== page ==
Ogden, bordering the towering Wasatch Range, lies a scant 40 miles north of its big brother Salt Lake City and its international airport. Ogden and its three ski resorts—Snowbasin Resort, Powder Mountain, and Nordic Valley—doesn’t have the immediate name recognition of the famous ski areas east of Salt Lake, but the skiing is just as great and the snow is just as deep as Alta, Snowbird, and Park City. The friendly city also offers affordable lodging, fine restaurants, and a vibrant après ski scene. Combined, Ogden’s three ski resorts boast over 11,000 acres of varied ski terrain, 7,000 feet of vertical drop, more than 500 inches of annual snowfall, and, best of all, no crowds.
Snowbasin Resort, a scant 20 miles east of Ogden, is not only stunningly beautiful, but it’s also a world-class ski area. If you watched the best skiers in the world racing in the downhill, combined, and Super G events in the 2002 Winter Olympics, then you saw Snowbasin at its finest. Now you can not only speed down the Olympic courses but also cut turns on mellow slopes down the eastern flank of 9,570-foot Mount Ogden. The 3,000-acre resort, with a 3,000-foot vertical drop, offers 107 runs that vary from intermediate to expert and are perfect for a family ski vacation. Snowbasin also has multiple terrain parks, powder skiing in alpine bowls, short lift lines, fast lifts, and lots of elbow room.
Powder Mountain, 19 miles northeast of Ogden, covers 8,464 acres of skiable terrain, making it one of the largest ski areas in the United States. The area lives up to its name with more than 500 inches of fluffy powder blanketing the mountain each year. The terrain is accessed by 9 lifts and affordable in-bounds sno-cat rides that drop you off at pristine powder slopes and backcountry areas. Powder Mountain is a true adventure skier’s area with only 1,500 lift tickets sold each day to ensure the lowest skier density in North America, with 167 runs and no crowds.
Nordic Valley is perhaps the best mountain in Utah for novice skiers and snowboarders. This quaint, hometown resort offers 110 skiable acres, 1,000 feet of vertical drop, four lifts, 300 inches of annual snow, and 22 trails that are primarily beginner and intermediate runs. Little skiers like the Magic Carpet area with its short runs, while boarders practice on boxes, rails, and jumps at Lair Terrain Park. If you need a refresher course or want to learn to ski, the Ski and Board School offers affordable daily lessons. Nordic Valley is Utah’s best spot for night skiing with 100 percent of the slopes under bright lights.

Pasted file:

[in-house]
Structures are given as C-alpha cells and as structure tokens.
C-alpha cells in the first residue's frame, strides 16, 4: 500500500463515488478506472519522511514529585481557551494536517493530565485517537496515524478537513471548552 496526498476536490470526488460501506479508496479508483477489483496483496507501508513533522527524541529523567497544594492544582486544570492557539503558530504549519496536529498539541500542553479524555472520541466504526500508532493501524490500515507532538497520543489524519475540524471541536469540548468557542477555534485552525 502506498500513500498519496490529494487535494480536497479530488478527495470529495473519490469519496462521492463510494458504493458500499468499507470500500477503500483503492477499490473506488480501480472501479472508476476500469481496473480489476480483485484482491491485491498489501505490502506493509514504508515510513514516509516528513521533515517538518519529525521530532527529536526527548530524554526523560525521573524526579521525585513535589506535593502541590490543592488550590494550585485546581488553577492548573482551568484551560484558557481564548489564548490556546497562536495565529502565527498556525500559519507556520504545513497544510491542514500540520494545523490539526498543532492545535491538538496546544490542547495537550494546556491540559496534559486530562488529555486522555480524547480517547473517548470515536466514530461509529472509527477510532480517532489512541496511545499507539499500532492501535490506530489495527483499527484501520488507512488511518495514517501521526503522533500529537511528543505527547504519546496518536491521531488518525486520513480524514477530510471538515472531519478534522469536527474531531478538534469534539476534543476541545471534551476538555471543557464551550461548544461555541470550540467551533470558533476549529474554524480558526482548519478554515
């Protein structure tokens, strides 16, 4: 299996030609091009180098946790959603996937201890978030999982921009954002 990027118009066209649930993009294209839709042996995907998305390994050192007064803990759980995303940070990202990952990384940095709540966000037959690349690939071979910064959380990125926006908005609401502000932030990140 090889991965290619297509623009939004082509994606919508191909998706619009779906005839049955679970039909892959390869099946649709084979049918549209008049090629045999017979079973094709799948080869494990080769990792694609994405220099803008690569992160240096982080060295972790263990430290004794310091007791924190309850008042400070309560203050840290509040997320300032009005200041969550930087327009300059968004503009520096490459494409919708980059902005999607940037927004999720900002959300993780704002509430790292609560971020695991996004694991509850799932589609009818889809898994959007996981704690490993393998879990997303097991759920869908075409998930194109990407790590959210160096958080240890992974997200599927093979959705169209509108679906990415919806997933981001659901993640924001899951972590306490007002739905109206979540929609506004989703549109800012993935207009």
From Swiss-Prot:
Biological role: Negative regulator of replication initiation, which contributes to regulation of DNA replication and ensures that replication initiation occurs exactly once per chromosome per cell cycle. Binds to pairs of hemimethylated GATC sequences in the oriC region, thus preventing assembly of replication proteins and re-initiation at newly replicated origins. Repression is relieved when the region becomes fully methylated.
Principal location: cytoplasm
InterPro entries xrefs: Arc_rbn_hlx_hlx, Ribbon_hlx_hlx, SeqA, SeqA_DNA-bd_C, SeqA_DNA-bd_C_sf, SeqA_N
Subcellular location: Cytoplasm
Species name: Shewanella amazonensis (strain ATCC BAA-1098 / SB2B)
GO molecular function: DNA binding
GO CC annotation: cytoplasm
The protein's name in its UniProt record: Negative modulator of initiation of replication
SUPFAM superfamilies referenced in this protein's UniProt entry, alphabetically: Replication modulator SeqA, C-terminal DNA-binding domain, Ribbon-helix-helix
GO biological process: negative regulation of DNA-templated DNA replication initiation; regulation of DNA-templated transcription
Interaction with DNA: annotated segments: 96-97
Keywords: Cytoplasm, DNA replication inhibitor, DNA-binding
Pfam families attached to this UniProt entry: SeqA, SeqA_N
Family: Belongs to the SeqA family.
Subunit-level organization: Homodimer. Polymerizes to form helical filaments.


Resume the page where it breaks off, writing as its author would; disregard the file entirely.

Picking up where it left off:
It’s easy to reach Ogden from the Salt Lake City International Airport. Rent a car and jump on I-15 and 35 minutes later you’re checking into your hotel. An affordable alternative is the high-speed UTA FrontRunner, a commuter train from Salt Lake to downtown Ogden. From Ogden, regular UTA bus service whisks you to the slopes so you’re riding the first lift up the mountain to cut turns in fresh powder.
When you ski near Ogden, it’s best to use the city as your base camp. Spread against the west flank of the Wasatch Range, Ogden is a lively hub with plenty of lodging options from budget to swank. There are also plenty of lodging options in the Ogden Valley east of town including full-service hotels and condos close to the slopes.
After chewing up powder on the slopes, head back to Ogden on the ski bus for après ski drinks and tasty meals. Downtown Ogden is your best bet with a wide range of bars and restaurants within walking distance of many hotels. False-front buildings, once brothels, opium dens, and card houses, are now eateries and bars along the Historic 25th Street district. Recommended spots are Brewskis for beers, City Club for the lemon pepper wings and cheap drinks, Alleged for cocktails, and the Kokomo Club, an old dive bar.
The Shooting Star Saloon in Huntsville in the Ogden Valley is the ultimate local’s favorite for après ski beers and burgers. The saloon, which opened in 1879, is Utah’s longest continuously operating bar. Sip draft and bottled beers and eat one of their famous cheeseburgers or the renowned Star Burger with two beef patties topped with cheese and a grilled Polish sausage for your meat fix.
Ogden offers a wide range of restaurants for every budget and taste. The great thing about Ogden is that it’s not an overpriced resort town for tourists and the well-heeled, which keeps prices within your budget. The central downtown area is filled with dozens of locally owned and independent restaurants, is filled with good food and smells, and the parking is free and easy to find. Recommended eateries include Union Grill, Roosters Brewing Co., Slackwater Pub & Pizzeria, Sonora Grill, Rovali's Ristorante Italiano, and Tona Sushi, continuously voted as Utah’s best sushi restaurant.
Originally written by RootsRated Media for Utah Office of Tourism.